Chapter 3 c: Crawling out of the ooze


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passportI went back to my so-called life.

I didn’t know what else to do.

So I just continued to put one foot in front of another, learning to live with my own uncertainty and impatience.  Over the next several months, I found myself falling into a kind of rhythm that felt more or less healing.

For one thing, I took my teacher’s advice and began to make peace with the whole money thing.  I knew I was living in a society where 99% of the people would think I had it made, would think I was nuts for even having “issues” with being rich, but the guilt was almost overwhelming.  It wasn’t just that I knew, personally, of so many people struggling, women with children, out on the streets, in shelters, people who were trying to scrape together enough just to eat, day to day.  It was just as much the knowledge that this was Bob’s money, his brains that had made it, and he wasn’t here to spend it, to share in any enjoyment.  I could only feel guilty, guilty, guilty.

Then I woke one day astounded, out of nowhere, with the totally new thought that guilt was an attitude that simply didn’t serve me any longer.  That very morning, I dug out my passport and bought a round trip ticket to Barcelona.  First class, baby, all the way.

So there I am, soaking up the Mediterranean sun at a table on Las Ramblas in blissful solitude, watching mimes and jugglers, drinking cappuccino, and it’s in that moment that I get what my teacher was talking about.  Let life lead you.

Where it led me next was back to work, in earnest.

It wasn’t like I’d been totally away from it, anyway.  All the while I was traveling, I had my trusty laptop, and I was still cyber-stalking Lester Worsham.  I only halfway admitted to myself that putting some geographic distance between me and my prey made me a lot more comfortable.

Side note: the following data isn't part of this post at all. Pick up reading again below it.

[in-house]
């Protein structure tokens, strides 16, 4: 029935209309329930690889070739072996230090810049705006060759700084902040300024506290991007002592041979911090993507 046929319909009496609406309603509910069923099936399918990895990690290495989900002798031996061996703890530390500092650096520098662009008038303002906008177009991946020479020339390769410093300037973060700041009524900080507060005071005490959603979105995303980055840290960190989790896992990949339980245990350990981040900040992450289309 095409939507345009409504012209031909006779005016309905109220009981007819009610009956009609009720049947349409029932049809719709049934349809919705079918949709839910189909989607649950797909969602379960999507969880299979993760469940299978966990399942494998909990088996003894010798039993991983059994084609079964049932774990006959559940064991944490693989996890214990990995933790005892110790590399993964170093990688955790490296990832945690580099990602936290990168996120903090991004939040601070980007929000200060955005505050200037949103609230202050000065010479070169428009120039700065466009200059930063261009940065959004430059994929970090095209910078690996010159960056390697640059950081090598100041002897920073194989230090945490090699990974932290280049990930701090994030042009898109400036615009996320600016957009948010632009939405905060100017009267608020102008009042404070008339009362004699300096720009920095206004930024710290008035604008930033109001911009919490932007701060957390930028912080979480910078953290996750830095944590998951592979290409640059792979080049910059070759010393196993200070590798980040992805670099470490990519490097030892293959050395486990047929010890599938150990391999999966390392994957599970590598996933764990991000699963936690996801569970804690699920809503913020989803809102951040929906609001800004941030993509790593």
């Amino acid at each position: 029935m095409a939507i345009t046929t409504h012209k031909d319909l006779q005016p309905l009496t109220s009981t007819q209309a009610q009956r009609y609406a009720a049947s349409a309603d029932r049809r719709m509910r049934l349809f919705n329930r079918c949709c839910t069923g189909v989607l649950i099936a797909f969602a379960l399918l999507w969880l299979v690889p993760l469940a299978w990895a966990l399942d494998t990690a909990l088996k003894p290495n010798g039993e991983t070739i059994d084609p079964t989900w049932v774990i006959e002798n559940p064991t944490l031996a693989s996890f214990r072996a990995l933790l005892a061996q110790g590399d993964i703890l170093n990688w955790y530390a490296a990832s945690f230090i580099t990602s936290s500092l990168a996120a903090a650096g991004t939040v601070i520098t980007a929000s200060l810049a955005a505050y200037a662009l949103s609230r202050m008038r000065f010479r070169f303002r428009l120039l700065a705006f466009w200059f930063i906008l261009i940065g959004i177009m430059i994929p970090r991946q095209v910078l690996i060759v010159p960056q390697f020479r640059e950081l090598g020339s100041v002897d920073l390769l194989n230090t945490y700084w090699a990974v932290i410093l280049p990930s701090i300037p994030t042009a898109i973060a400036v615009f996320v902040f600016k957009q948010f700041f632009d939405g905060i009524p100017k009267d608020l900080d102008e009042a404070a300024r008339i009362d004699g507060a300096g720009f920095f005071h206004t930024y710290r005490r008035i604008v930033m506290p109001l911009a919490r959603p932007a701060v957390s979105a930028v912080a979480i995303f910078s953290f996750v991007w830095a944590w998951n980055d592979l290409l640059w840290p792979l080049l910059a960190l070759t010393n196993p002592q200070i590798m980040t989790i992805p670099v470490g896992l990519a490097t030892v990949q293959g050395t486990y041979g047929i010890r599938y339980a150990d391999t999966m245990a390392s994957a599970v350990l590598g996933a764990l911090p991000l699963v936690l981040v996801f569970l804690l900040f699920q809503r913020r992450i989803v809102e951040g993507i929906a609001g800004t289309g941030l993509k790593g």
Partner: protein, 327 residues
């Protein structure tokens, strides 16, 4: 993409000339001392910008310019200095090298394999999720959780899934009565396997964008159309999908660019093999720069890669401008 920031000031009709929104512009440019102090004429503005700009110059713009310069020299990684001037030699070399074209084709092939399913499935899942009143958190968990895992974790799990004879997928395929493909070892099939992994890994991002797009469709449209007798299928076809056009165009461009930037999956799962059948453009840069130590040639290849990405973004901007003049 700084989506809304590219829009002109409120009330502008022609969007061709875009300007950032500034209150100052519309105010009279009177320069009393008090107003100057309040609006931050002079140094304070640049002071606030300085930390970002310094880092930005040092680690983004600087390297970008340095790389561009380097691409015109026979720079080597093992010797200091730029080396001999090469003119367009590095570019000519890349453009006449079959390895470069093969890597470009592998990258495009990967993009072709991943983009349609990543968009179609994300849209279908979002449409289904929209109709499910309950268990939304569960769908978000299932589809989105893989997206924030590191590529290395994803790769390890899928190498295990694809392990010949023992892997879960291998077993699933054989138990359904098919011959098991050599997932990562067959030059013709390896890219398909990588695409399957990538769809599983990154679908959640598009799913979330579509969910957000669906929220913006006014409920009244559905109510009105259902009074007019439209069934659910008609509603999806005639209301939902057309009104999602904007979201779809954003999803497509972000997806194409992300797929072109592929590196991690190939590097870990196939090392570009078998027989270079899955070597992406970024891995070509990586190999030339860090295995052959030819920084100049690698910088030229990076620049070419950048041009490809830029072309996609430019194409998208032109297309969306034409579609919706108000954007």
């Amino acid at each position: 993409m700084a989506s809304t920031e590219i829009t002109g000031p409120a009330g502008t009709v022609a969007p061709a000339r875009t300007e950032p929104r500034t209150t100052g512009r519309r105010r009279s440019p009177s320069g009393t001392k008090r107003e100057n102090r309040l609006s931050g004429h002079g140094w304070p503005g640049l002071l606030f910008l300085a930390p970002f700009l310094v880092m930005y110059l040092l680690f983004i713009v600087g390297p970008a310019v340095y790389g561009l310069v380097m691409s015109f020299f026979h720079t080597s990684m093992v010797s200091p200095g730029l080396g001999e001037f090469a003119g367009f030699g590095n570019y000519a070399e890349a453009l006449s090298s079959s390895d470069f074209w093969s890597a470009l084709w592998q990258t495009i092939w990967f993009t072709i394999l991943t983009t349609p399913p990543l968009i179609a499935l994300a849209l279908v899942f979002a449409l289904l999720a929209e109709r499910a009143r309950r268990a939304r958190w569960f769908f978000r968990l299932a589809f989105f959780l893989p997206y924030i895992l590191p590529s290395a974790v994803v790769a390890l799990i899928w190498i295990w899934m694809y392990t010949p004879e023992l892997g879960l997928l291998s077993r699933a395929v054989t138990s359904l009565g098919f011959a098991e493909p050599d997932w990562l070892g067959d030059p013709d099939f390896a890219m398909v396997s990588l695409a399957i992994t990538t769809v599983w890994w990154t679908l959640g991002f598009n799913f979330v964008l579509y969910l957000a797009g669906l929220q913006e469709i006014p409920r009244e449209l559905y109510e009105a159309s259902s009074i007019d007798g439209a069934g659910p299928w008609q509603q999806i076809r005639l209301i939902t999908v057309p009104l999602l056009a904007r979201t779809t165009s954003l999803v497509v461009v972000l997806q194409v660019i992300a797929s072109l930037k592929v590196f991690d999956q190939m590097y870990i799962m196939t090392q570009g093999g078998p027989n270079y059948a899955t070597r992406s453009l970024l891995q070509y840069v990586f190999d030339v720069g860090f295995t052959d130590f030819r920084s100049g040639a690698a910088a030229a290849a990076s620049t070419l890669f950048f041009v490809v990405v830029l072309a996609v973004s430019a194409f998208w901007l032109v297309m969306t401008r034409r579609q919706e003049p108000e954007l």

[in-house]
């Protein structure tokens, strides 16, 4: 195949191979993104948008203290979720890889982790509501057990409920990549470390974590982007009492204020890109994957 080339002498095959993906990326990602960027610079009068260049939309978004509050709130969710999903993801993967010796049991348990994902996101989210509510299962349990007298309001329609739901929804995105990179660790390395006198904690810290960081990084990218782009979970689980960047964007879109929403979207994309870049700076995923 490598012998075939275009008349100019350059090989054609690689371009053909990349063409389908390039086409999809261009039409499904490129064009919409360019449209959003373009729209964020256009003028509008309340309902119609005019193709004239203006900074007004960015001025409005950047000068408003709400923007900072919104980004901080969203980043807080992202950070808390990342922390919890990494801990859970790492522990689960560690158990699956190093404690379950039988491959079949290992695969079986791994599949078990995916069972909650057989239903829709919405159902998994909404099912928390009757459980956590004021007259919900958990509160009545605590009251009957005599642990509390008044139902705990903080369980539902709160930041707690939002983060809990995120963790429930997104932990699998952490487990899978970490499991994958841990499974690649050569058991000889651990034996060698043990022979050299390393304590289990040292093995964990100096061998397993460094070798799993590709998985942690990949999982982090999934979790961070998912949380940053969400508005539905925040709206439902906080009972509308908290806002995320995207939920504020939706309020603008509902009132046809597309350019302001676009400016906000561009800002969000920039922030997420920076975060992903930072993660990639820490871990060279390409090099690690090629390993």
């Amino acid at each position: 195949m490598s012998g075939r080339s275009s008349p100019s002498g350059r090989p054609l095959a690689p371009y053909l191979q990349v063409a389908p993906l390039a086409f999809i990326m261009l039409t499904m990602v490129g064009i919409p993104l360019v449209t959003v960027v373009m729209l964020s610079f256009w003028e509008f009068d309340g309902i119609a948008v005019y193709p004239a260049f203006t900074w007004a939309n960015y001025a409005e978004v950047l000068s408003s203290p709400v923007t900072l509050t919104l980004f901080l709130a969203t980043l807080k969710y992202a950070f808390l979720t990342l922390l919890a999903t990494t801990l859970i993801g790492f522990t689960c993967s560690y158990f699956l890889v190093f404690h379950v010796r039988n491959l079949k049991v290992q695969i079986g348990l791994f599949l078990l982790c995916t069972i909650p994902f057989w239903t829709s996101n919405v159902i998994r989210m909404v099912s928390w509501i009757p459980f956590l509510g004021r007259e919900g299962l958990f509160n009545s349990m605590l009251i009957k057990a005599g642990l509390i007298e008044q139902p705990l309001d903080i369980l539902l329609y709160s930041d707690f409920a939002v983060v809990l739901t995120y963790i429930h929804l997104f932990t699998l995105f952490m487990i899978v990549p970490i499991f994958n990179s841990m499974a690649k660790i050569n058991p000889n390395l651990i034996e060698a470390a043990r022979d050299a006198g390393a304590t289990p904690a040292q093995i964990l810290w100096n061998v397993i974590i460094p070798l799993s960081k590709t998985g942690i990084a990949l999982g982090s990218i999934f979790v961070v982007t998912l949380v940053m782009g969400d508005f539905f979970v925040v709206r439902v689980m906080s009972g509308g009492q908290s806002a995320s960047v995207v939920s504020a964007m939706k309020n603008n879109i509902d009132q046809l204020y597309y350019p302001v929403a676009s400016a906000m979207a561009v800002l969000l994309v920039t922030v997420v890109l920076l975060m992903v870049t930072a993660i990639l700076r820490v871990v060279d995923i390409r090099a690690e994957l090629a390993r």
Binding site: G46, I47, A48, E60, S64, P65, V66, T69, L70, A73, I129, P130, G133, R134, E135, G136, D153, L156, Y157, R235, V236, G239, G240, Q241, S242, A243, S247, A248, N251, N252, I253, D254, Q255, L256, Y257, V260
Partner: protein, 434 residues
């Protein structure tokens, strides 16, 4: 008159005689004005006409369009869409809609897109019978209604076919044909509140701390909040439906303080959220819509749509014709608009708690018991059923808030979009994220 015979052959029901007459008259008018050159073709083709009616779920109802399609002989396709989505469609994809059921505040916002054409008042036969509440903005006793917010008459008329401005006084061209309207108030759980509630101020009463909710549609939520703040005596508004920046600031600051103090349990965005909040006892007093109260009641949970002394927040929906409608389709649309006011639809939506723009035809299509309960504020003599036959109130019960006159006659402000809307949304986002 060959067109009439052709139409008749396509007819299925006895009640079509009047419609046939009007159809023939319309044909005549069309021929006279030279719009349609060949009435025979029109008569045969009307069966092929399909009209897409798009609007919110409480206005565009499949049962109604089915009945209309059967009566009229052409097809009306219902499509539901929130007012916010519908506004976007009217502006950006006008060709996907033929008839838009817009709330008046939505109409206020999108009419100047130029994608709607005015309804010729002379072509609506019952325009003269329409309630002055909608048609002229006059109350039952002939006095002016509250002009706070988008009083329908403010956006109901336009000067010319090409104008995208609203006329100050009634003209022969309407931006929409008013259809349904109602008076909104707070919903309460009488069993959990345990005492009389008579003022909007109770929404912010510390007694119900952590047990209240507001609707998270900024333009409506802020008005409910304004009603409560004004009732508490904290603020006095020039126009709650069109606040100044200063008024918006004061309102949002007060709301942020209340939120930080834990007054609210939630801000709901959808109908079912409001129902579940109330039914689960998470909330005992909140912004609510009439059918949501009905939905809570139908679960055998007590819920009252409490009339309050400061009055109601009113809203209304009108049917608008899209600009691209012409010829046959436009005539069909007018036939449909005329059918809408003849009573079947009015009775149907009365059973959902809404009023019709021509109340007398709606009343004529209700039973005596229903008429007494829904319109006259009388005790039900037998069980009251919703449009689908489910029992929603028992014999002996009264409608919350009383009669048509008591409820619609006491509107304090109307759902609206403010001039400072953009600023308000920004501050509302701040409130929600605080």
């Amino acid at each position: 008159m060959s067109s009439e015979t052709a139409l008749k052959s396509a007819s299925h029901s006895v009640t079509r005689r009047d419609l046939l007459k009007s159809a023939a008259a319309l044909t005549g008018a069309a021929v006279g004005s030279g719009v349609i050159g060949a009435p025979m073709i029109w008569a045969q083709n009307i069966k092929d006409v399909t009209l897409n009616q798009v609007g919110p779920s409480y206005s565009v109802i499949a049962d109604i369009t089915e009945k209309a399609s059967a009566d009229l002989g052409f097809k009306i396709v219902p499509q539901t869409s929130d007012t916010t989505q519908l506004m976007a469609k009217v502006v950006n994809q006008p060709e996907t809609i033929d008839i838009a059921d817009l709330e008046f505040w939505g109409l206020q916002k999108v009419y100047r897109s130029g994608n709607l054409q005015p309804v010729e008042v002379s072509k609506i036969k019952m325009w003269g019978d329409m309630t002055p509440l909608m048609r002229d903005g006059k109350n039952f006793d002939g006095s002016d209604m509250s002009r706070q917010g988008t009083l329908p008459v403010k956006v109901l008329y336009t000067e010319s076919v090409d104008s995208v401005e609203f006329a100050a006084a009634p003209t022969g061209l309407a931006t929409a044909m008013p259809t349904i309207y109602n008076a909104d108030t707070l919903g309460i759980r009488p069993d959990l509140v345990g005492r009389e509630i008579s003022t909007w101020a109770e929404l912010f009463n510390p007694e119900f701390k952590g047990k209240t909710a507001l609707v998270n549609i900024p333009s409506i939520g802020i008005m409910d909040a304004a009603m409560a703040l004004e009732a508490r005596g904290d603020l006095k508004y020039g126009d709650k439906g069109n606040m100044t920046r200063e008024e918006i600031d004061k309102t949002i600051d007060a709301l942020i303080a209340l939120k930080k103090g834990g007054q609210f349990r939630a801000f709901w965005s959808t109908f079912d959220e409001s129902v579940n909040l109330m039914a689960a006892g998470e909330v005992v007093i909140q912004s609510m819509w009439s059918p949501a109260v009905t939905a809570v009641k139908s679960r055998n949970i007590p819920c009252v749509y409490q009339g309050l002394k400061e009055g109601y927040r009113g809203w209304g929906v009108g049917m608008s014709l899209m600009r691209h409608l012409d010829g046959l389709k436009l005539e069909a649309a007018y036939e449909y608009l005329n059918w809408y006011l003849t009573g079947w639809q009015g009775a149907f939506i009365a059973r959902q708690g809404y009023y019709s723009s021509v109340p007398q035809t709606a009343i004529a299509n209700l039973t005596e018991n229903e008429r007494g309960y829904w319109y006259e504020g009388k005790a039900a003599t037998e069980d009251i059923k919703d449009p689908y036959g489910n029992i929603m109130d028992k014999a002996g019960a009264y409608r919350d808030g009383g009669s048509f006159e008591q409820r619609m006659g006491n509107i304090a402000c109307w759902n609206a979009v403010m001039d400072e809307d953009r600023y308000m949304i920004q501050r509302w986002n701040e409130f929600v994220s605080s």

Because I never felt for a moment that he wasn’t stalking me back, even if our paths didn’t cross face to face again after that one unnerving cocktail party confrontation.  Between his broadcasts and my blogs, we had a kind of oblique dialogue going on, like signals only dogs can hear, but as real a Cold War as Harry Truman’s.

Back home, after extending my wanderings for several months, I was in Whole Foods one day when I stumbled onto a flyer advertising something called “Spirit Dance”. The description of the class called it a blend of music, dance and meditation, which sounded a lot like what I did all alone in my own home, playing music, dancing my heart out.   I hadn’t joined any groups in a long time; exercise classes were never my thing.  But for some reason, half expecting it to be cheesy or weird, I got up the next Saturday morning, dug out my exercise clothes and showed up.

It was as if someone had designed an exercise routine especially for me.  I never could stick with aerobics, or all the variations on that, same old mindless, blaring music, same horde of graceless, flailing bodies, no soul, no expression.  For someone who aspired to be a ballerina as a child, that lack of precision and mindful grace was grating.

But this… this was, as advertised, a dancing meditation.  Free dance, structured around a “journey” each time, that started with slow meditative stretching.  The music then led into expanding energy, funky, shamanic, celebratory, coming back down in mood through prayerful, back to a final meditation.  It was a real workout, but it was also cathartic, and left me feeling energized and inspired.

I loved it instantly.  I never missed.  I even loved the others who came, all of whom were tuned into this blend of inner and outer expression.  It was mostly women, but occasionally we got the stray man, too.

I didn’t make an attempt to get to know any of them.  I greeted them pleasantly, and scurried out at the end.

I knew my solitude wasn’t particularly healthy, but it was all I could manage.  And gradually, over the course of the months, I began to realize that I was healing, was getting stronger and that the dark places inside were slowly letting in the light.